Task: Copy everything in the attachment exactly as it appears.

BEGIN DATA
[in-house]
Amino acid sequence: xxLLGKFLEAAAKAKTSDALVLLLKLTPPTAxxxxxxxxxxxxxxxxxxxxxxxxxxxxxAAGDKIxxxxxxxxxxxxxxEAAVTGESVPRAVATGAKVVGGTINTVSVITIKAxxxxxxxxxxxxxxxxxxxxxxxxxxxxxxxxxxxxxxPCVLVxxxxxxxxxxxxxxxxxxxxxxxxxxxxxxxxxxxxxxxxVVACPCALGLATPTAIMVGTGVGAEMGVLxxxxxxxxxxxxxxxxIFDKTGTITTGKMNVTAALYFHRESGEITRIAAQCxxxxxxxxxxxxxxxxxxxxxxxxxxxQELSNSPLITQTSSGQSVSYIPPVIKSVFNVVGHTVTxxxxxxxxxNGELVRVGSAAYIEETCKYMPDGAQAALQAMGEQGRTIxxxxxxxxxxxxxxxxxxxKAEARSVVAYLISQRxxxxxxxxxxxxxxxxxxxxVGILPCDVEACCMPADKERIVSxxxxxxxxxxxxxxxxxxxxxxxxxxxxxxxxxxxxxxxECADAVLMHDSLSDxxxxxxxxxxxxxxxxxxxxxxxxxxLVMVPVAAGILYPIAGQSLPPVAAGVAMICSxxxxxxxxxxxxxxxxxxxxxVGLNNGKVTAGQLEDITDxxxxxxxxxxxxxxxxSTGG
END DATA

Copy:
[in-house]
Amino acid sequence: xxLLGKFLEAAAKAKTSDALVLLLKLTPPTAxxxxxxxxxxxxxxxxxxxxxxxxxxxxxAAGDKIxxxxxxxxxxxxxxEAAVTGESVPRAVATGAKVVGGTINTVSVITIKAxxxxxxxxxxxxxxxxxxxxxxxxxxxxxxxxxxxxxxPCVLVxxxxxxxxxxxxxxxxxxxxxxxxxxxxxxxxxxxxxxxxVVACPCALGLATPTAIMVGTGVGAEMGVLxxxxxxxxxxxxxxxxIFDKTGTITTGKMNVTAALYFHRESGEITRIAAQCxxxxxxxxxxxxxxxxxxxxxxxxxxxQELSNSPLITQTSSGQSVSYIPPVIKSVFNVVGHTVTxxxxxxxxxNGELVRVGSAAYIEETCKYMPDGAQAALQAMGEQGRTIxxxxxxxxxxxxxxxxxxxKAEARSVVAYLISQRxxxxxxxxxxxxxxxxxxxxVGILPCDVEACCMPADKERIVSxxxxxxxxxxxxxxxxxxxxxxxxxxxxxxxxxxxxxxxECADAVLMHDSLSDxxxxxxxxxxxxxxxxxxxxxxxxxxLVMVPVAAGILYPIAGQSLPPVAAGVAMICSxxxxxxxxxxxxxxxxxxxxxVGLNNGKVTAGQLEDITDxxxxxxxxxxxxxxxxSTGG